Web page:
You Were: The Comedienne
December 8, 2010
Your tale starts with tragedy and ends in triumph. If you were anyone else, I’d warn you to stick with the story until you reach the end. But I already know you’re the kind of lady who would.
When you were twenty years old, your beloved husband was killed in WWII. He left you with a tiny son, a one-room apartment on the Lower East Side of Manhattan, and a pile of bills. Your neighbors would have done anything to help you make ends meet. But those were hard times, and few had a dollar to spare. Still, everyone on Ludlow Street stopped by to offer their condolences. Much to their surprise, they all left laughing.
It’s not that you weren’t devastated. You mourned your first husband for the rest of your days. But you were also a girl who met heartbreak with humor. All you had to do was walk down Ludlow Street to see life was a battle. Some people fought it with their fists. Others depended on their wiles. You knew the best weapon was a good, naughty joke.
When the debt collectors began to call, you needed to find a way to support your son. So you turned to the one skill you’d had the chance to develop. You visited every talent agent in New York, hoping one could find work for a comedienne. Unfortunately, you met with a ridiculous prejudice that exists even today. Pretty girls can’t be funny, all the agents informed you, even as they laughed at your jokes.
You tried to disguise your good looks with wigs, glasses, and unflattering makeup. Nothing worked. Finally, you figured out a way to make the agents see you for who you really were. You wouldn’t let them see you at all. You stopped meeting agents in their offices and started sending greeting cards instead. They weren’t just any cards, of course. You designed them yourself, and each came with a handwritten joke inside.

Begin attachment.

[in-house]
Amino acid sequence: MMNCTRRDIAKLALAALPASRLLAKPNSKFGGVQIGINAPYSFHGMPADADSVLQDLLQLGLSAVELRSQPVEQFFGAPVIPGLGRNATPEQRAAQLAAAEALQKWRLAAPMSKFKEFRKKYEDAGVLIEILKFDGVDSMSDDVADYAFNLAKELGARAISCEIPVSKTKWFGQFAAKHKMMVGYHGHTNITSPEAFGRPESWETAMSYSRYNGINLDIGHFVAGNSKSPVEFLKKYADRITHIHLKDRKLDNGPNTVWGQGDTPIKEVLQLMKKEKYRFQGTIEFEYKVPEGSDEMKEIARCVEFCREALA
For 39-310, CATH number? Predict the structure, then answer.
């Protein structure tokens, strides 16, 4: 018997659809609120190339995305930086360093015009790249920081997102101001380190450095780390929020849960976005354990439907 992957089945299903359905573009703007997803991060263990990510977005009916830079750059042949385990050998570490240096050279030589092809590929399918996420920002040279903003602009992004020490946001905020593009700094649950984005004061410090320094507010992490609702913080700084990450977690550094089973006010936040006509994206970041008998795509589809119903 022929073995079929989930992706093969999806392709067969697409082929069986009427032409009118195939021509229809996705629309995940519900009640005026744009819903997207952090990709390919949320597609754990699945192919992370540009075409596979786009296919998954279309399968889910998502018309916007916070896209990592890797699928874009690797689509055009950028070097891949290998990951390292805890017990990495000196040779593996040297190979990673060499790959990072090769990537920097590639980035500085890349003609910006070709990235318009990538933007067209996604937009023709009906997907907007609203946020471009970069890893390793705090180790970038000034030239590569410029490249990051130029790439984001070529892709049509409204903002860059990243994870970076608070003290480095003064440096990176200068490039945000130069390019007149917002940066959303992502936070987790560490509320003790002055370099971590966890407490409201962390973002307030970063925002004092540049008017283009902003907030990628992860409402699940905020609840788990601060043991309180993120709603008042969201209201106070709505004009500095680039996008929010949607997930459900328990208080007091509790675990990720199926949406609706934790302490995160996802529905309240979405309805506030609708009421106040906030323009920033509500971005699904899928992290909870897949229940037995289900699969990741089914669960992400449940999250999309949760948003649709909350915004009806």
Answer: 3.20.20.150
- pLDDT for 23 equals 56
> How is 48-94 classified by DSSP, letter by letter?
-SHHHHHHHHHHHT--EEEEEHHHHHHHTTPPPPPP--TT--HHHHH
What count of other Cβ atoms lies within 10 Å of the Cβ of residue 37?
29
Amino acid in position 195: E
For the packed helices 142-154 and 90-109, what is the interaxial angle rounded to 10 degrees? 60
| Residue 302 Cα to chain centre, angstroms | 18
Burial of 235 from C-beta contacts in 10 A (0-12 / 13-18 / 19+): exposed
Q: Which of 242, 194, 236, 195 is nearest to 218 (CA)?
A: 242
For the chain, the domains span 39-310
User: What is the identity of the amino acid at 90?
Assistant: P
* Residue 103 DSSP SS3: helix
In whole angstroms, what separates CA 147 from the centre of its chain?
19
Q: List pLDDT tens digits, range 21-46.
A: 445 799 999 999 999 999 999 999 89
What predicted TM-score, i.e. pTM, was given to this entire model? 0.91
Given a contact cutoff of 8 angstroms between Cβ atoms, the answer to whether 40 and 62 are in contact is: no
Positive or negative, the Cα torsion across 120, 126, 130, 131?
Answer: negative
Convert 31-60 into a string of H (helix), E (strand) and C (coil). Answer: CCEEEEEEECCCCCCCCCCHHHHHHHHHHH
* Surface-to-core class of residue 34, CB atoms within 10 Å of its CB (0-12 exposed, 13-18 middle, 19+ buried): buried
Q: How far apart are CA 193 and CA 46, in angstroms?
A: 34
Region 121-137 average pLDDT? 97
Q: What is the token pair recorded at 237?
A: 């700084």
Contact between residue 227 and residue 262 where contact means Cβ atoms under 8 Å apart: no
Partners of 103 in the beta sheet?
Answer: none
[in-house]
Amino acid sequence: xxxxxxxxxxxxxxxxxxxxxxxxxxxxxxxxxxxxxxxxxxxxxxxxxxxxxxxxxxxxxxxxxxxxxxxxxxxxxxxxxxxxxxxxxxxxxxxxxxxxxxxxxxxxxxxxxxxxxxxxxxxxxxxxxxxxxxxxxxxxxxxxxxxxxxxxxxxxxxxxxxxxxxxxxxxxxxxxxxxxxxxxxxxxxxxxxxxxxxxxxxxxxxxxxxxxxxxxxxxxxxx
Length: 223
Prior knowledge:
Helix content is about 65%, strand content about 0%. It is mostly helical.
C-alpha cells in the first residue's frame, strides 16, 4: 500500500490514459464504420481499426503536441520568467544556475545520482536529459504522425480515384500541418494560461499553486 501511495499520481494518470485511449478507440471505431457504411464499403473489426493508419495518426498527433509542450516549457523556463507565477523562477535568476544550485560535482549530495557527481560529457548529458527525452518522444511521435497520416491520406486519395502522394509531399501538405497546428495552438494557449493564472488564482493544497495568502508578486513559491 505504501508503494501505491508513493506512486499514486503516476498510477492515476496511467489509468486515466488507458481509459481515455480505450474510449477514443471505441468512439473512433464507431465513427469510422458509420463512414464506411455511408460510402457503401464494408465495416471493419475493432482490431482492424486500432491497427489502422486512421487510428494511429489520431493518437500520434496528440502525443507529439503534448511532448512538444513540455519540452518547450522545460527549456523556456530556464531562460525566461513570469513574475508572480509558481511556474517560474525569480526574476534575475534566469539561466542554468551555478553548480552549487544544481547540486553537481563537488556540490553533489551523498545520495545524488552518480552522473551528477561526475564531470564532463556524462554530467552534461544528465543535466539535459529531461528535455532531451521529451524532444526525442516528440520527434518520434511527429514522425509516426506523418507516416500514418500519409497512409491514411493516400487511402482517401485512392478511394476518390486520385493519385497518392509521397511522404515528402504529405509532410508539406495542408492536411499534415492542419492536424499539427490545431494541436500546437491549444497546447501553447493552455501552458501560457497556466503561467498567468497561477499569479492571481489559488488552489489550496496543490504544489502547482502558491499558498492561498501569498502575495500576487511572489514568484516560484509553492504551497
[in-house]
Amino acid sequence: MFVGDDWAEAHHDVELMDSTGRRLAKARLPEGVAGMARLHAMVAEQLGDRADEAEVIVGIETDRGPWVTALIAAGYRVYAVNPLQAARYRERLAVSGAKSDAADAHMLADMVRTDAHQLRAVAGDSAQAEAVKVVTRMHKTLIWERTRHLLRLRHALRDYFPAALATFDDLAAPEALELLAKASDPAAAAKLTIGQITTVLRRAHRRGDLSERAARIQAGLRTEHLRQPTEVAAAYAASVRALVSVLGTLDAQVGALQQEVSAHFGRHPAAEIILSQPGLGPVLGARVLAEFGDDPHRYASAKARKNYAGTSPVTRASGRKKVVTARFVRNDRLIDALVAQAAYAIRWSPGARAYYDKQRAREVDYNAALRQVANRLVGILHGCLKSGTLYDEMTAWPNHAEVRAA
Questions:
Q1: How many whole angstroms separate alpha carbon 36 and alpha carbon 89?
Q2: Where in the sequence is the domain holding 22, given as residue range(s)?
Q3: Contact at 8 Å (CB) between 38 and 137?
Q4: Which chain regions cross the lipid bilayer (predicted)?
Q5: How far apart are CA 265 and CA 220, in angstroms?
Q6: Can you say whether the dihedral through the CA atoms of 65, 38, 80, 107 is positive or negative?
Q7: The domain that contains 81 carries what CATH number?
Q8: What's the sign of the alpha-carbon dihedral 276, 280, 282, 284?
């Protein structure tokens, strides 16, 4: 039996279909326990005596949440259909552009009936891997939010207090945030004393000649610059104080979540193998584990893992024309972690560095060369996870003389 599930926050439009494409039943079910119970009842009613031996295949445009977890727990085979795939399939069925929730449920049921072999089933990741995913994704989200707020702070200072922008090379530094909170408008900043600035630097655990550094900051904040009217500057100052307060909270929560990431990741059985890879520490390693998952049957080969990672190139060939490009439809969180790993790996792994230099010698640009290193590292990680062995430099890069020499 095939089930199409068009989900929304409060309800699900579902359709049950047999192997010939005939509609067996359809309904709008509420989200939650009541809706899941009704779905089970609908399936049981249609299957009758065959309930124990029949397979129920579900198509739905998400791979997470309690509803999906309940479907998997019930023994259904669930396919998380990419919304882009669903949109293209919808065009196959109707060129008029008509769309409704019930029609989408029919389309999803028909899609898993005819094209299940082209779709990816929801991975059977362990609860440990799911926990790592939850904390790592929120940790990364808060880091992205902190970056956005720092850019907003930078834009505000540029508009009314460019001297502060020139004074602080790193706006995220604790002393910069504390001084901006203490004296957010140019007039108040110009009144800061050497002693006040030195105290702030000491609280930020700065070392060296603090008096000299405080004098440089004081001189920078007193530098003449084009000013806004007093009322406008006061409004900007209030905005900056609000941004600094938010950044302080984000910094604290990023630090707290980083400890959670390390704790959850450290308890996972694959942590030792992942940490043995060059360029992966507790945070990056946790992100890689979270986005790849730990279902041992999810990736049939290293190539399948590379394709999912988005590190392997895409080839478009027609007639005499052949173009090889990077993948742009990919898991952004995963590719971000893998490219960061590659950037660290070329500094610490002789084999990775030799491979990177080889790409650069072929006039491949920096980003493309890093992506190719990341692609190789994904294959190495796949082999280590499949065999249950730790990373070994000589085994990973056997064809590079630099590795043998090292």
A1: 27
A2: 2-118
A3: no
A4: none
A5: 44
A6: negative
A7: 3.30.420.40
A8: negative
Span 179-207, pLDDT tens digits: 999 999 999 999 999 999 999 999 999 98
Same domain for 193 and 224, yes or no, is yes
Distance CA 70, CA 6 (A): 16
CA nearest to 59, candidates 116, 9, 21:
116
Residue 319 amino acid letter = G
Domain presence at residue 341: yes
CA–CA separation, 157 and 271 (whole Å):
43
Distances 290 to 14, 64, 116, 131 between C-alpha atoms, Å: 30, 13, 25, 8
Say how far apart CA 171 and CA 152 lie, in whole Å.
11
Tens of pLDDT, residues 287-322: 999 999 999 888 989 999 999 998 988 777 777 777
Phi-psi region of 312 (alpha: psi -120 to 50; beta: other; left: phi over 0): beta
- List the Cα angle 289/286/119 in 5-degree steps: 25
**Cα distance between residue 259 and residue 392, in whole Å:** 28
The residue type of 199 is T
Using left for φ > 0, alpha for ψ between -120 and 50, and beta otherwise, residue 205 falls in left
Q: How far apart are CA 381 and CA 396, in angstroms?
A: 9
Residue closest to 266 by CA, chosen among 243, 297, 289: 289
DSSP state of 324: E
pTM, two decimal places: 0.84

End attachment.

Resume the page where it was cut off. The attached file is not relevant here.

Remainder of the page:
One agent howled so long that he lost control of his bladder. Another opened your card on the street and was so blinded by tears of laughter that he was nearly hit by a bus. Still, no one would find you a job, and by the spring of 1945, even you couldn’t find much to joke about. Then the president died. You never figured out what inspired you to send a card to Eleanor Roosevelt. Or why she would choose your card to open. But she said it was the first thing in weeks that had made her laugh. Fortunately, she said it to a reporter from the New York Times.
A year later, you were running your own greeting card company. The debts were paid. You had a nice apartment and a nanny for your son. And the whole world seemed downright hilarious.